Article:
On April 1, 2008, The Nature Conservancy launched the Plant a Billion Trees Campaign, an online fundraising campaign to support its efforts in the Atlantic Forest of Brazil. The Nature Conservancy, a Planet Green NGO partner, is working with in-country groups to restore and plant one billion trees on 2.5 million acres of the Atlantic Forest by 2015. Some of these partners include Brazil's federal government, the state governments of Parana and Sao Paulo, the Extrema municipality, forestry companies, local cooperatives, NGOs, and local communities. The goal is to bring the Atlantic Forest back from the brink of destruction by regenerating large tracts of native forest through an ambitious large-scale reforestation plan. In addition to replanting the 2.5 million acres, the program will also help connect more than 12 million acres in new forest corridors.

Deforestation contributes about 25 percent of carbon emissions worldwide?that's more than all transportation globally. Cutting down and burning just one medium-sized tree releases one metric ton of carbon into the atmosphere; that's the equivalent of driving from Miami to New York City in an SUV. By slowing or halting deforestation, we can store more carbon and reduce emissions that cause climate change.

The Nature Conservancy has worked on forest carbon and sustainable forestry projects that help reduce deforestation, one of the biggest contributors to greenhouse gas emissions, for more than a decade. Its ongoing efforts include working with public and private landowners around the globe to restore forest ecosystems through fire management practices, using market-based incentives for forest conservation, and replanting trees to improve water quality and restore ecosystems. By doing so, TNC has kept 17.5 million tons of carbon dioxide out of the atmosphere. The organization hopes to have some of the reforestation projects certified by the Climate, Community and Biodiversity Standards.

About the Atlantic Forest

No tropical forest on Earth has come closer to total destruction than Brazil's Atlantic Forest. Once a lush forest two times the size of Texas, rapid development has shrunk it to the size of Virginia. Although the Atlantic Forest is a fraction of the size of the Amazon rainforest, its remnants harbor a range of biological diversity similar to that of the Amazon, including more than 2,000 vertebrate species?mammals, amphibians, reptiles, fish, and birds?that represent 5 percent of all vertebrates on Earth. More than 800 of these are unique to the Atlantic Forest. Furthermore, 60 percent of Brazil's threatened species are found in the Atlantic Forest. And on fewer than 2.5 forest acres, scientists have identified more than 458 tree species?more than exist in the entire eastern seaboard of the United States.

Development Pressures

Though some of the destruction dates back to the 16th and 17th centuries, most of the damage done to the Atlantic Forest has occurred in the last 100 years, largely due to Brazil's rapid development. Today, more than 93 percent of the Atlantic Forest has been cleared; only 7 percent remains well preserved, and these are isolated fragments.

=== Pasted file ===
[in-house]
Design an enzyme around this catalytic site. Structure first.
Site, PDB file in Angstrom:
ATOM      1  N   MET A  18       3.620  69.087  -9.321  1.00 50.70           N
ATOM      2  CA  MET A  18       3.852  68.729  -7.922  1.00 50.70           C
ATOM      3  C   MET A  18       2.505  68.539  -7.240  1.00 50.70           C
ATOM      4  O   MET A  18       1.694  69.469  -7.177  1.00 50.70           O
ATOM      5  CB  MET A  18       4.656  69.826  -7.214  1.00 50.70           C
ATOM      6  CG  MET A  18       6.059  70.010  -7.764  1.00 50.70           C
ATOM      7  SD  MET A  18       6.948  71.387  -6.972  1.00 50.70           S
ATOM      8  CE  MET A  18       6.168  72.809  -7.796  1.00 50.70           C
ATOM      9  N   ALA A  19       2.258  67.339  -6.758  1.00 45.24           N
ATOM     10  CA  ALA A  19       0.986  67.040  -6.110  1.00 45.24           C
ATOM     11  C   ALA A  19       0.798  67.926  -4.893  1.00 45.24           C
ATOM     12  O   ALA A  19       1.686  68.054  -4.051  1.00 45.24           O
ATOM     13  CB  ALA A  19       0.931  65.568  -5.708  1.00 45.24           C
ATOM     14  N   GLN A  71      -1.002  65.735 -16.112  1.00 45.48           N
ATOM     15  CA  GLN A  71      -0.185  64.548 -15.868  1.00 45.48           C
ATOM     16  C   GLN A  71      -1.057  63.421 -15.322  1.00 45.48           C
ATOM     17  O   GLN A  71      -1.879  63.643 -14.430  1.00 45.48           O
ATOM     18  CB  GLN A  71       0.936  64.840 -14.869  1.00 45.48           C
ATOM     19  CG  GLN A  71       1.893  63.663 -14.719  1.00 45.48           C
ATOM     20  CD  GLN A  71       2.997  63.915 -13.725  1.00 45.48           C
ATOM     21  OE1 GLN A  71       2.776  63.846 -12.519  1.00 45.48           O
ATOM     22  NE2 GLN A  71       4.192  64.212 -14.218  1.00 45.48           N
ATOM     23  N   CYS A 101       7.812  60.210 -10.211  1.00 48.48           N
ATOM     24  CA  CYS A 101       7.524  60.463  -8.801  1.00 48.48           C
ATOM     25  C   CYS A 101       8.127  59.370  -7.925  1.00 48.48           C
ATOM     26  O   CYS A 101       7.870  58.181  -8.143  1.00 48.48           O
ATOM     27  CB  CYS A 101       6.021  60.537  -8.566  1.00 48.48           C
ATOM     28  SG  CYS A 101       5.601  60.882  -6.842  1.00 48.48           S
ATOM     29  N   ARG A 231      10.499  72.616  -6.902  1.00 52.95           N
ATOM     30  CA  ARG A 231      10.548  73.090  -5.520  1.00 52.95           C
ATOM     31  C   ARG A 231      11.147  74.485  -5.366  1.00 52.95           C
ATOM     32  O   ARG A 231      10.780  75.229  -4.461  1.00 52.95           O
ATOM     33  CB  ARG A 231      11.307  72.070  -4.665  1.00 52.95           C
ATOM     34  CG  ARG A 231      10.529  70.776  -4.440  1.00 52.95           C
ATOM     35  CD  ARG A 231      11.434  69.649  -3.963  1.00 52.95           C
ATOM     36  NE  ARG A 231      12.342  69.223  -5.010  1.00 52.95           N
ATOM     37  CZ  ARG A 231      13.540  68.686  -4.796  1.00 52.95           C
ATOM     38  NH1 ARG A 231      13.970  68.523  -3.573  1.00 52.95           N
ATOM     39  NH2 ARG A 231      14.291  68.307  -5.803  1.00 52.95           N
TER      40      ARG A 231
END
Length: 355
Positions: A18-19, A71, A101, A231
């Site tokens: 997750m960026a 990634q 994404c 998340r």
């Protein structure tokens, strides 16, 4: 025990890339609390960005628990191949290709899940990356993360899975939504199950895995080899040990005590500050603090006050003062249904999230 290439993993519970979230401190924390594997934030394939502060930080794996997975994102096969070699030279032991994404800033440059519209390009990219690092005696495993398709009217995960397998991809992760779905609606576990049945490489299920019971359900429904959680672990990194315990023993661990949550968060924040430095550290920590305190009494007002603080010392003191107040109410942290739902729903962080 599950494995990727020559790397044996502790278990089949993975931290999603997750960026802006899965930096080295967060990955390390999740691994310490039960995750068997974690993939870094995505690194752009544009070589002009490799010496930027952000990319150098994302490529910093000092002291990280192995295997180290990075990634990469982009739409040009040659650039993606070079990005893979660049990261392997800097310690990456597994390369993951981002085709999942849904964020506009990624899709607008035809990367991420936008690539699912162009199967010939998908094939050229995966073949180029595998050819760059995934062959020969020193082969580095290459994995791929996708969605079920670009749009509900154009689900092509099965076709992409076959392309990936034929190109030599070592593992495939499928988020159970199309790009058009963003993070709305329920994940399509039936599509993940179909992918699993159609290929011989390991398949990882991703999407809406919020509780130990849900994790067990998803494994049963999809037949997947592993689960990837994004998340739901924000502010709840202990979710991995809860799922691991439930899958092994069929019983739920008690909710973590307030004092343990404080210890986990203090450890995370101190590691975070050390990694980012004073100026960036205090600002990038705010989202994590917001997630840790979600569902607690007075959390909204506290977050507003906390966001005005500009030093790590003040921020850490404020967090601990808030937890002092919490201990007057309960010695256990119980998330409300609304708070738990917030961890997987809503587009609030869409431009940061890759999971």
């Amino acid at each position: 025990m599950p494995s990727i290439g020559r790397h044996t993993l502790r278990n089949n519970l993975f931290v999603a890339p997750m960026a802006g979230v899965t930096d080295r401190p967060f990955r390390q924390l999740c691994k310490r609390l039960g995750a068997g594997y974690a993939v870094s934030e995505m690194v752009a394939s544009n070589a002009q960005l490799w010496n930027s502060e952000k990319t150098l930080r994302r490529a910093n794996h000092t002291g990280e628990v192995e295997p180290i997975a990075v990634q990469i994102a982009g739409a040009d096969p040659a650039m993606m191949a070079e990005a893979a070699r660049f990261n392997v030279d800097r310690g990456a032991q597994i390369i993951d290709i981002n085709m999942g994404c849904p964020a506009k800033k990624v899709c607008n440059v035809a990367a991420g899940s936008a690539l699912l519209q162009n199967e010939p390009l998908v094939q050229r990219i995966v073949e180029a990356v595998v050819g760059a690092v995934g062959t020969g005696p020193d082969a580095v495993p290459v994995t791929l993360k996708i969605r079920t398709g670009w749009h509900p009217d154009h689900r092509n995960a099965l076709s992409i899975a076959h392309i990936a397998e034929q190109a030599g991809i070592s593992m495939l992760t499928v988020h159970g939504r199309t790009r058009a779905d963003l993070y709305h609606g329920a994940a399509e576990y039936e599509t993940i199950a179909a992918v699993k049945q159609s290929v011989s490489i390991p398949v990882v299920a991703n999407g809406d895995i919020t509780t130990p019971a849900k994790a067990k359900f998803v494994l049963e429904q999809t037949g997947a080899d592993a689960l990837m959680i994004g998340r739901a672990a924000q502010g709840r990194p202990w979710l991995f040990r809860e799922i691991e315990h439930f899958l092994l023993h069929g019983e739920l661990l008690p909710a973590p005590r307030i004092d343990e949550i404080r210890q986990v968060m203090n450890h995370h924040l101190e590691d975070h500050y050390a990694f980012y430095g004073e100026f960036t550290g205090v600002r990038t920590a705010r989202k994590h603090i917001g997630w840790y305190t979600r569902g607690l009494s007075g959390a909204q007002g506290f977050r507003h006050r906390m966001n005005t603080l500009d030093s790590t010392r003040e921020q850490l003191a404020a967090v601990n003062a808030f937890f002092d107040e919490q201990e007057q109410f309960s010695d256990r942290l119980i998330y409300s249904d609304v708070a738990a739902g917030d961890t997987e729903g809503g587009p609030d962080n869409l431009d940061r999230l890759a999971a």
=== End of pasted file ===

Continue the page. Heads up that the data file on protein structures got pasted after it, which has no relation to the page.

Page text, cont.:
Today the forest is home to 11 cities and 130 million people one million people, or 70 percent of Brazil's population. About 80 percent of Brazil's gross domestic product is generated in the region, and forested areas are still being cleared for soybean and sugarcane production, non-native tree plantations, cattle ranching, illegal logging, and urban and coastal development. But the region depends on the remaining Atlantic Forest to protect clean and abundant drinking water, and only 2 percent of the original forest area legally protected, and in recent years, water shortages and contamination have become a fact of life in mega-cities like São Paulo.

How the Plant a Billion Trees Campaign Works

Planting and restoring one billion trees is a very ambitious goal; nothing on this scale has been attempted before in South America. TNC hopes to endow our children with an Atlantic Forest at least twice its current size, which will continue removing thousands of tons of carbon from the atmosphere every year.

To reconnect forest fragments through intensive reforestation in order to create forest corridors and improve the health of native species, the Conservancy's Atlantic Forest Conservation Program and partners are implementing strategies that fall into four tightly integrated strategies:

- Economic incentives for conservation

- Large-scale reforestation

- Sustainable use of natural resources

- Creation and effective protection of public and private protected areas

Specifically, TNC will also work with landowners and their associations to facilitate compliance with environmental laws that require them to reforest or conserve their riparian and recharge areas and steep slopes; support the development of carbon sequestration projects that make conservation sense and can co-finance reforestation activities.

Visit the Plant a Billion Trees Campaign web site to learn more about the project, explore The Atlantic Forest via interactive map, become involved in the online community, and, of course, plant a tree?just one dollar is all it takes.